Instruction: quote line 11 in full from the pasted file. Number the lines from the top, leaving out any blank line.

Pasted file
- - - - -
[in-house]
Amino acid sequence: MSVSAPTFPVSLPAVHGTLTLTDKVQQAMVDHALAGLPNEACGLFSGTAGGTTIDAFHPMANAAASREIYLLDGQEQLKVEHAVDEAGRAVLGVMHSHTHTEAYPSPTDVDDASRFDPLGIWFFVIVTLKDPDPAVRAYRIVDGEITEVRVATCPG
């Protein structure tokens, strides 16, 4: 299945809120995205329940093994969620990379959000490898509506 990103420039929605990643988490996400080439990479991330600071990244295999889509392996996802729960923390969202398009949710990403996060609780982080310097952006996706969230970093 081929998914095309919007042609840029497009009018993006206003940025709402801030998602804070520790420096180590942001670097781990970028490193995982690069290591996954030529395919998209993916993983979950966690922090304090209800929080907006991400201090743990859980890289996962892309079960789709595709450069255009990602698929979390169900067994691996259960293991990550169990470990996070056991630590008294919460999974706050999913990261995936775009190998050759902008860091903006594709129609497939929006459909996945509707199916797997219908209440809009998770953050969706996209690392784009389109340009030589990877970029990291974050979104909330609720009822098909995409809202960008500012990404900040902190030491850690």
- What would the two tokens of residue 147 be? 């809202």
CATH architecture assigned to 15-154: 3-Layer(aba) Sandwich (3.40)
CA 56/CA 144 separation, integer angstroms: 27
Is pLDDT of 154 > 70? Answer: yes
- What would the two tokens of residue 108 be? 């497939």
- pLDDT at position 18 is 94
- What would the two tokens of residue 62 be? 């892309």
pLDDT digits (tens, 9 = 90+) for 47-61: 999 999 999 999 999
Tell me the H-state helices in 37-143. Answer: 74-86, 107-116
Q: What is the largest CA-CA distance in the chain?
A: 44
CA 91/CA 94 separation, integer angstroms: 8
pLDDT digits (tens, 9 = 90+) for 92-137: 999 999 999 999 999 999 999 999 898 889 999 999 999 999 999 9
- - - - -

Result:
pLDDT digits (tens, 9 = 90+) for 47-61: 999 999 999 999 999